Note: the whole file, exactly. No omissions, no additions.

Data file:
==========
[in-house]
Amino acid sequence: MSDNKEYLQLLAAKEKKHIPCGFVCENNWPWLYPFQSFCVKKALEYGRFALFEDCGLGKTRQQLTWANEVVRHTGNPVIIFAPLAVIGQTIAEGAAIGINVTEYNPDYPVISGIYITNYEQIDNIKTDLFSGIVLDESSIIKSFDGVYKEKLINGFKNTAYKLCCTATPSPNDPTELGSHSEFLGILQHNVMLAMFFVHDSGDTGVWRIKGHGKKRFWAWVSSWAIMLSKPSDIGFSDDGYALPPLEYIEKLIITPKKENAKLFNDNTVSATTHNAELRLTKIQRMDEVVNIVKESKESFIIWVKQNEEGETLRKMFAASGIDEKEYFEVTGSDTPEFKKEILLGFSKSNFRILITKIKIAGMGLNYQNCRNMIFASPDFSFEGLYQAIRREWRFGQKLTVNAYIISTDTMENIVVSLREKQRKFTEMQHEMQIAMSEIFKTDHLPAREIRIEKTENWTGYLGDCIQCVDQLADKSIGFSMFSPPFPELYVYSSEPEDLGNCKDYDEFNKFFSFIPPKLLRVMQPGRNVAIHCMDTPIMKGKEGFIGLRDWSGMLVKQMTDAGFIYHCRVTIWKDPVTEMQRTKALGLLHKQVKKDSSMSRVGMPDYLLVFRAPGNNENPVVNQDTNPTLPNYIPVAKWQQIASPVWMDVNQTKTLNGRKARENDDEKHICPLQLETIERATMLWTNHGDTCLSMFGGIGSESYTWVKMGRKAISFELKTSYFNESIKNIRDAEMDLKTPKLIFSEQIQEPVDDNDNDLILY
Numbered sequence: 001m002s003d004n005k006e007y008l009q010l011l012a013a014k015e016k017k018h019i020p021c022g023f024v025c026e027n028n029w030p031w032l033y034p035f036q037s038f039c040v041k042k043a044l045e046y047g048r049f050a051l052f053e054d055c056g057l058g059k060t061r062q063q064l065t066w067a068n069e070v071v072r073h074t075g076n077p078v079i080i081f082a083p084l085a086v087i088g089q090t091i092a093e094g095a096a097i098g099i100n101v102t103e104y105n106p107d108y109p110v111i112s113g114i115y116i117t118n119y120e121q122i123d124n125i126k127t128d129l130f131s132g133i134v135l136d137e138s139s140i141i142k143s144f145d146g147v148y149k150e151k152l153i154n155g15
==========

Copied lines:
[in-house]
Amino acid sequence: MSDNKEYLQLLAAKEKKHIPCGFVCENNWPWLYPFQSFCVKKALEYGRFALFEDCGLGKTRQQLTWANEVVRHTGNPVIIFAPLAVIGQTIAEGAAIGINVTEYNPDYPVISGIYITNYEQIDNIKTDLFSGIVLDESSIIKSFDGVYKEKLINGFKNTAYKLCCTATPSPNDPTELGSHSEFLGILQHNVMLAMFFVHDSGDTGVWRIKGHGKKRFWAWVSSWAIMLSKPSDIGFSDDGYALPPLEYIEKLIITPKKENAKLFNDNTVSATTHNAELRLTKIQRMDEVVNIVKESKESFIIWVKQNEEGETLRKMFAASGIDEKEYFEVTGSDTPEFKKEILLGFSKSNFRILITKIKIAGMGLNYQNCRNMIFASPDFSFEGLYQAIRREWRFGQKLTVNAYIISTDTMENIVVSLREKQRKFTEMQHEMQIAMSEIFKTDHLPAREIRIEKTENWTGYLGDCIQCVDQLADKSIGFSMFSPPFPELYVYSSEPEDLGNCKDYDEFNKFFSFIPPKLLRVMQPGRNVAIHCMDTPIMKGKEGFIGLRDWSGMLVKQMTDAGFIYHCRVTIWKDPVTEMQRTKALGLLHKQVKKDSSMSRVGMPDYLLVFRAPGNNENPVVNQDTNPTLPNYIPVAKWQQIASPVWMDVNQTKTLNGRKARENDDEKHICPLQLETIERATMLWTNHGDTCLSMFGGIGSESYTWVKMGRKAISFELKTSYFNESIKNIRDAEMDLKTPKLIFSEQIQEPVDDNDNDLILY
Numbered sequence: 001m002s003d004n005k006e007y008l009q010l011l012a013a014k015e016k017k018h019i020p021c022g023f024v025c026e027n028n029w030p031w032l033y034p035f036q037s038f039c040v041k042k043a044l045e046y047g048r049f050a051l052f053e054d055c056g057l058g059k060t061r062q063q064l065t066w067a068n069e070v071v072r073h074t075g076n077p078v079i080i081f082a083p084l085a086v087i088g089q090t091i092a093e094g095a096a097i098g099i100n101v102t103e104y105n106p107d108y109p110v111i112s113g114i115y116i117t118n119y120e121q122i123d124n125i126k127t128d129l130f131s132g133i134v135l136d137e138s139s140i141i142k143s144f145d146g147v148y149k150e151k152l153i154n155g15